After eight months of providing basic menstrual products in schools and other agencies to improve accessibility, the Access to Menstrual Product Initiative is on track to distribute 3.3 million products within a year.

May 28 was Menstrual Hygiene Day, which aims to break the silence, and stigma and raise awareness around menstrual health and hygiene, as well as engage decision-makers to take action around the subject and end period poverty.

"On Menstrual Hygiene Day, I’m pleased to provide an update on this project and affirm our government’s commitment to providing menstruation products with the aim of ending period poverty in schools," says Education and Early Childhood Learning Minister Wayne Ewasko. "Reducing the impacts of period poverty will give students who menstruate the opportunity to better participate in all school-related activities and achieve better health and educational outcomes."

Announced in the fall of 2022, the Manitoba government partnered with Shoppers Drug Mart to provide free menstrual products to schools and other agencies to improve accessibility and reduce period poverty.

Through this agreement, schools, domestic violence shelters, resource centres and second-stage and specialized programs are receiving menstrual products to administer to those most in need.

"Access to menstrual products is a basic necessity, not a luxury. Menstruation is part of healthy, normal human development —not something to be stigmatized," says Families Minister Rochelle Squires. "This innovative partnership works towards addressing myths, taboos and stigma around menstruation health and changes the conversation towards supporting health and well-being for those who menstruate."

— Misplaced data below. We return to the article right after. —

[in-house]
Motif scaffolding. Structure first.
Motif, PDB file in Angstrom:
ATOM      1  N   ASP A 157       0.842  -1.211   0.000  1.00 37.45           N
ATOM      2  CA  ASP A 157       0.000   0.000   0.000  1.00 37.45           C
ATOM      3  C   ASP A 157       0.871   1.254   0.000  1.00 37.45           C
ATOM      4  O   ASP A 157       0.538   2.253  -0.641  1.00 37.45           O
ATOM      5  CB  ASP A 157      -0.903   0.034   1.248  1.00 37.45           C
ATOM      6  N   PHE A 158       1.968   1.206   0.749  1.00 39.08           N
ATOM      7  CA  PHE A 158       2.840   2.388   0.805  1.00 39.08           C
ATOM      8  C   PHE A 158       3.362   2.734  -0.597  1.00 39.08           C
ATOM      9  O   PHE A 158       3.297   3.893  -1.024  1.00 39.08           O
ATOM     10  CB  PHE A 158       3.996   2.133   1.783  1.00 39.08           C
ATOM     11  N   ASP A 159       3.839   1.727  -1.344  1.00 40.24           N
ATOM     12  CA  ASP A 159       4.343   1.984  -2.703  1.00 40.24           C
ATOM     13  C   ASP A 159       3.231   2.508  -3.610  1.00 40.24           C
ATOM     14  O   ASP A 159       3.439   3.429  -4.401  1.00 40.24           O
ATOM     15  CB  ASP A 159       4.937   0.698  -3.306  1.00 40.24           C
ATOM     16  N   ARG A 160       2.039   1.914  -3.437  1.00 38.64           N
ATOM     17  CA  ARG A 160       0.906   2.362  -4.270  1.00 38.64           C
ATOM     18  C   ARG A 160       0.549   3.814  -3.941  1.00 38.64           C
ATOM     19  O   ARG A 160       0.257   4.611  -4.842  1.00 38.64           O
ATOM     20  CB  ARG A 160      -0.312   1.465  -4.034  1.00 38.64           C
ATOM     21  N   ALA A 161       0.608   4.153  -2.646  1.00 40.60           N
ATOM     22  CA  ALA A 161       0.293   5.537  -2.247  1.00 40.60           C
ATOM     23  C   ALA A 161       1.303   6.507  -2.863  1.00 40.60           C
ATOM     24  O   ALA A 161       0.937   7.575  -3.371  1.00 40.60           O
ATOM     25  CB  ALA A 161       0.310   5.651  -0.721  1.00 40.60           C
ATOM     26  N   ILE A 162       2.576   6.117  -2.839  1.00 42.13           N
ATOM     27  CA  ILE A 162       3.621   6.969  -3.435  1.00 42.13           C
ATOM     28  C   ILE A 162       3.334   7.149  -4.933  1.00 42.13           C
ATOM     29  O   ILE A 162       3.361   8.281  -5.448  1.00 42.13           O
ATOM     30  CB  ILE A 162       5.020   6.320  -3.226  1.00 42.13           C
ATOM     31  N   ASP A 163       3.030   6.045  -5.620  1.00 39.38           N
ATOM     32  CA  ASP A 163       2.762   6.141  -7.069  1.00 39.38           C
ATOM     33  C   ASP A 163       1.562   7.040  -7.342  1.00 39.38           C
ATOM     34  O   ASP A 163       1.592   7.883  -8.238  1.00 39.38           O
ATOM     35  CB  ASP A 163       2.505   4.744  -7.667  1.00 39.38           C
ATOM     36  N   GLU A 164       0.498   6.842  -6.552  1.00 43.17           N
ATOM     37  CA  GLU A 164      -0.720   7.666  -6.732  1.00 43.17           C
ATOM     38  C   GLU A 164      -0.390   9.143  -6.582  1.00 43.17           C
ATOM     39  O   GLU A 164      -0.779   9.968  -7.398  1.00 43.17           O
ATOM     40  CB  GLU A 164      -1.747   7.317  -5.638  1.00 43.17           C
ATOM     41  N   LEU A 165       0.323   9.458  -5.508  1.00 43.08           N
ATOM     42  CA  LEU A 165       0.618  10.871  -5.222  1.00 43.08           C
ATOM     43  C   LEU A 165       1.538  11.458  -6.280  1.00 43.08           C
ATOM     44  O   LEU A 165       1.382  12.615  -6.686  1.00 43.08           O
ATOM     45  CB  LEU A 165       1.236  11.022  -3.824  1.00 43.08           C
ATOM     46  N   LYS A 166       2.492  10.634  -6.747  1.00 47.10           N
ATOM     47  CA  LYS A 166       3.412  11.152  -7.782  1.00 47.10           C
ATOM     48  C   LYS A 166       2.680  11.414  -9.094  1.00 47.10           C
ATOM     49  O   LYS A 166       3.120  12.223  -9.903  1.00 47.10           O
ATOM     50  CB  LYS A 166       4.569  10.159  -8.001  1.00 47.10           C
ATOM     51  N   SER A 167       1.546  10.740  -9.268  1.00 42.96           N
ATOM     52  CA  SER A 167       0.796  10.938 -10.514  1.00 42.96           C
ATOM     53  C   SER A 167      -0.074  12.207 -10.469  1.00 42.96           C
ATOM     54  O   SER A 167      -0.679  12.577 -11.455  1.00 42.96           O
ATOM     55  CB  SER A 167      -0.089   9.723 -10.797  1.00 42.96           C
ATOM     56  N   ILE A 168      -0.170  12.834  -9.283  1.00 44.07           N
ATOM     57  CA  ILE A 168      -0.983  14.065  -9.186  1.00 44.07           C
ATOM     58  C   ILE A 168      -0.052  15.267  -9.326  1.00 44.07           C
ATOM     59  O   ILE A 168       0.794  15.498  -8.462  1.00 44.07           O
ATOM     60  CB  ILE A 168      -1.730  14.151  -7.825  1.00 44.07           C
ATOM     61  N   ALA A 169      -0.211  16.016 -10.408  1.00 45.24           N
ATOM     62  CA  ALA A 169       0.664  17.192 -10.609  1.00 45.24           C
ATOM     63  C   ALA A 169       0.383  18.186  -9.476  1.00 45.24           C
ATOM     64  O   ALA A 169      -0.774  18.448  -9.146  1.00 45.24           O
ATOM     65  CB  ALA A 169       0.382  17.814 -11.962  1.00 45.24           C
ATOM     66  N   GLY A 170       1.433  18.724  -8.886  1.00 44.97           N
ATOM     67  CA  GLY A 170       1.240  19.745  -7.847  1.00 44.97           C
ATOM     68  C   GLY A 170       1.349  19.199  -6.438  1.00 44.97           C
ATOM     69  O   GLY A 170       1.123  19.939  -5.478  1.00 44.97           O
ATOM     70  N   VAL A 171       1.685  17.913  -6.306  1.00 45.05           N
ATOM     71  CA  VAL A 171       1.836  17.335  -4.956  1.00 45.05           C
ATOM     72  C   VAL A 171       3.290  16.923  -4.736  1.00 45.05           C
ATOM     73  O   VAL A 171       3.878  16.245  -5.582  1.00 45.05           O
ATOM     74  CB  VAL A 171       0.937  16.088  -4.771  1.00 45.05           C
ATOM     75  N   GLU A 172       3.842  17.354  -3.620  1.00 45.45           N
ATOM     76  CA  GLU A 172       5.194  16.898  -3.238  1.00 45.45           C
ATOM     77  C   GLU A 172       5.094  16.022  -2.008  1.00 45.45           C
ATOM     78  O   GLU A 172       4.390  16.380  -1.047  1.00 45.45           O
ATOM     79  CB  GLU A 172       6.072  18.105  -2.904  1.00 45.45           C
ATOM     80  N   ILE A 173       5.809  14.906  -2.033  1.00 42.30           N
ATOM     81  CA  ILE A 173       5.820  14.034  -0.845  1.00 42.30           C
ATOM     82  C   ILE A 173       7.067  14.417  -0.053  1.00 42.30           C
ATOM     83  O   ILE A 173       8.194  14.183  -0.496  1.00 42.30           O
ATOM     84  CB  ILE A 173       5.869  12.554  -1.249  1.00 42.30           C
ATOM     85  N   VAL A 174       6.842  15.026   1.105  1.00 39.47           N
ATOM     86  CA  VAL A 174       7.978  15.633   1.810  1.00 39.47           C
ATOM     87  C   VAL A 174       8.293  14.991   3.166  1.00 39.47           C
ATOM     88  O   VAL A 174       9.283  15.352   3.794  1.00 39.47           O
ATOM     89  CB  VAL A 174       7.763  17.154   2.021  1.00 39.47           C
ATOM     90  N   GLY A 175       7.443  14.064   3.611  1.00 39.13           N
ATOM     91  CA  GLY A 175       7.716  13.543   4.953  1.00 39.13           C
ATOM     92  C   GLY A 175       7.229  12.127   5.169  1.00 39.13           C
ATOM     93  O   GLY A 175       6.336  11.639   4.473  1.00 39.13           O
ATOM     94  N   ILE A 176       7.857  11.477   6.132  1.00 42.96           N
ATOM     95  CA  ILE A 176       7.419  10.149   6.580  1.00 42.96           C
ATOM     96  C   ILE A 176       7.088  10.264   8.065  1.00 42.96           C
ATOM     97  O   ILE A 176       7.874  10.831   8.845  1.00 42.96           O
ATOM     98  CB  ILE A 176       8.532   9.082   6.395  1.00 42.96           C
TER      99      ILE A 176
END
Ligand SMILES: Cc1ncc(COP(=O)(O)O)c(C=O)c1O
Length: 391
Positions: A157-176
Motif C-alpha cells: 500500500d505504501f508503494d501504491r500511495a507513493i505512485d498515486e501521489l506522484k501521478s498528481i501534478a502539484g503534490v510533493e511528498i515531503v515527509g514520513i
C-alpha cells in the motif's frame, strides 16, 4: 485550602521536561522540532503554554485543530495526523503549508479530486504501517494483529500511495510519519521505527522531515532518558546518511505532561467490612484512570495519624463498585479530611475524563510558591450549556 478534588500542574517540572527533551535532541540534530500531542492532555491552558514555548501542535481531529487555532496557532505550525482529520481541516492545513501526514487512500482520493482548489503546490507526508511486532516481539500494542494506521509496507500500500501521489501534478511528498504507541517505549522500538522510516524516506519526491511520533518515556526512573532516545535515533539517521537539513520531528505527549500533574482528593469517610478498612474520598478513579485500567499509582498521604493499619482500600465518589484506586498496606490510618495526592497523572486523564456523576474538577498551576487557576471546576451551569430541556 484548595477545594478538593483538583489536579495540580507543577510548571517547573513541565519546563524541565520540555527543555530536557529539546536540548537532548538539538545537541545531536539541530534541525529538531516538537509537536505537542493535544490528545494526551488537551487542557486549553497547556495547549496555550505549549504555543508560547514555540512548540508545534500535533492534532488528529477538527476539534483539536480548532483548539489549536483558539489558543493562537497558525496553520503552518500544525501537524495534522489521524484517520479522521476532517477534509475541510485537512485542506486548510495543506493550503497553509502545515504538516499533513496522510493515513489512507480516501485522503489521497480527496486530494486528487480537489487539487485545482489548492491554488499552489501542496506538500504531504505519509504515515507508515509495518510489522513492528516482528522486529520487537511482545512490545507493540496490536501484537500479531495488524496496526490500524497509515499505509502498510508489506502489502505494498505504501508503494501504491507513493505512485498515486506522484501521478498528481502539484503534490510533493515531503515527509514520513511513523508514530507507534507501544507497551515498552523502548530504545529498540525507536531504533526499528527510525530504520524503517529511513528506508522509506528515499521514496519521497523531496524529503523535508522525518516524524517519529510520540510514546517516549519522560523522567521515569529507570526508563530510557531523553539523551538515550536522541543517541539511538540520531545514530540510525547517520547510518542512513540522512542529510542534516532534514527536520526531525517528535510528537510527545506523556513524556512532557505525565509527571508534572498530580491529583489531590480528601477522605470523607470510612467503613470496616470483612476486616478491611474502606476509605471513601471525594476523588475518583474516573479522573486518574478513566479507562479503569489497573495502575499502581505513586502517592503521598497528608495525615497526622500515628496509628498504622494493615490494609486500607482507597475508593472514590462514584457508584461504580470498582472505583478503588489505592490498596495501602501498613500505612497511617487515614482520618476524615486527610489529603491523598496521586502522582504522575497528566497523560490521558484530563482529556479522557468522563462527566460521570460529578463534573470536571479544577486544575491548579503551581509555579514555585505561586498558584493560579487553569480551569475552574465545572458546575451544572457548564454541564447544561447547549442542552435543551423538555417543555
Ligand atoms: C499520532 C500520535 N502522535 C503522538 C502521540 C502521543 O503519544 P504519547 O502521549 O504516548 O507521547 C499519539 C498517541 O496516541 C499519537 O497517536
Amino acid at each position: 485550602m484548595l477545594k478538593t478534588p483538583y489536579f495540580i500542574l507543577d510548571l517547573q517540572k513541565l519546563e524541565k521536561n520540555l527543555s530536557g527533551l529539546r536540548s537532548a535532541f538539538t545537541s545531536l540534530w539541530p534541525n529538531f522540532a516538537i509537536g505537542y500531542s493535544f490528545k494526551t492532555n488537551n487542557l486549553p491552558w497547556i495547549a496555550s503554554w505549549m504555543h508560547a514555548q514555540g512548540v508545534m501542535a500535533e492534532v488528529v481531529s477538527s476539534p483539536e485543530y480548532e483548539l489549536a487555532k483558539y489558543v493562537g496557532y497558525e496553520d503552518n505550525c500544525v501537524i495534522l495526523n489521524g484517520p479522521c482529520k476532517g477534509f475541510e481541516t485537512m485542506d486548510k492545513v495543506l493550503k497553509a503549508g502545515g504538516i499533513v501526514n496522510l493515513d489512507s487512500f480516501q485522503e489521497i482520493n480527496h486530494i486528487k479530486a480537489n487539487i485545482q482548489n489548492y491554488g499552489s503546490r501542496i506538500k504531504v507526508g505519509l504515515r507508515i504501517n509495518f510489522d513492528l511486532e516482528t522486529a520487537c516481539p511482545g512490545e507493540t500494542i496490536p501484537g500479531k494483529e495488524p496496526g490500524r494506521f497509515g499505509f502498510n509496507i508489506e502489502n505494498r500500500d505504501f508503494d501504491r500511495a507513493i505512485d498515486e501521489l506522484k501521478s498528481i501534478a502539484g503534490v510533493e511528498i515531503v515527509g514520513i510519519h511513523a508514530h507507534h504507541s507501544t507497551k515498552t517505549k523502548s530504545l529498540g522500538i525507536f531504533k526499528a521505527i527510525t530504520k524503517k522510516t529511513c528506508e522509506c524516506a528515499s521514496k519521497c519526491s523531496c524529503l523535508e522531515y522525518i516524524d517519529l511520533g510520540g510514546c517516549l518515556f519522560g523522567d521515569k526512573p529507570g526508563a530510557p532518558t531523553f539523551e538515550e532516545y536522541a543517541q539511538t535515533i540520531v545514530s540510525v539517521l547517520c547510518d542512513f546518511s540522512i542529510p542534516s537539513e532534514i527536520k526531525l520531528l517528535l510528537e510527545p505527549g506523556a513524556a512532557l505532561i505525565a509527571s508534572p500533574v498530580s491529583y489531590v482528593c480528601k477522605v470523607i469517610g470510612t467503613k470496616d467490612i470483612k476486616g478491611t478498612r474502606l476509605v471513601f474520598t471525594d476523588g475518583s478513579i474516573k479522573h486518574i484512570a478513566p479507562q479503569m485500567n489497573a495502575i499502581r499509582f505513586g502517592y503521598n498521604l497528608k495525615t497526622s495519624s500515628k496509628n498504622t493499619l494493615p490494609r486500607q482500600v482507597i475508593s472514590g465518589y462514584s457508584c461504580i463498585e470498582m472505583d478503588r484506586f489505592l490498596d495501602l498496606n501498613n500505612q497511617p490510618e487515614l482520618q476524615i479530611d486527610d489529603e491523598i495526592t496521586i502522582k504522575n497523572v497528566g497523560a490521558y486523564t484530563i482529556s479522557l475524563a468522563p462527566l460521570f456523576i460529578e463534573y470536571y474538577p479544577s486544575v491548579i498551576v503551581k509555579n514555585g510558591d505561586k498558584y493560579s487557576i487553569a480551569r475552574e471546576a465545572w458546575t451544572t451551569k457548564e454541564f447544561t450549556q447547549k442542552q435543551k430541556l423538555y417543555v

The initiative is on track to distribute 3.3 million menstrual products in its first year throughout participating schools, school divisions and domestic violence sector agencies across Manitoba. Since October 2022, over 2 million products have been distributed.

Of the 2.2 million, 1.9 million were distributed to school divisions and 293,000 were distributed to domestic violence sector agencies. All 37 school divisions across Manitoba have engaged in the initiative to date, in addition to many independent schools and First Nations schools.

Ewasko noted providing free menstrual products to students delivers on the government’s commitment to building a fair and equitable public education system, supporting the student engagement and well-being pillar of Manitoba’s K to 12 Education Action Plan.

As noted in the plan, the Manitoba government continues to work with education stakeholders, parents and caregivers to ensure holistic supports are available to address student needs, including mental health and wellness.

A resource guide for teachers has been developed to increase awareness of the initiative as well as to highlight the Physical Education/Health Education curricular connections with menstrual health and hygiene.

More information on the Access to Menstrual Products Initiative in Manitoba schools is available at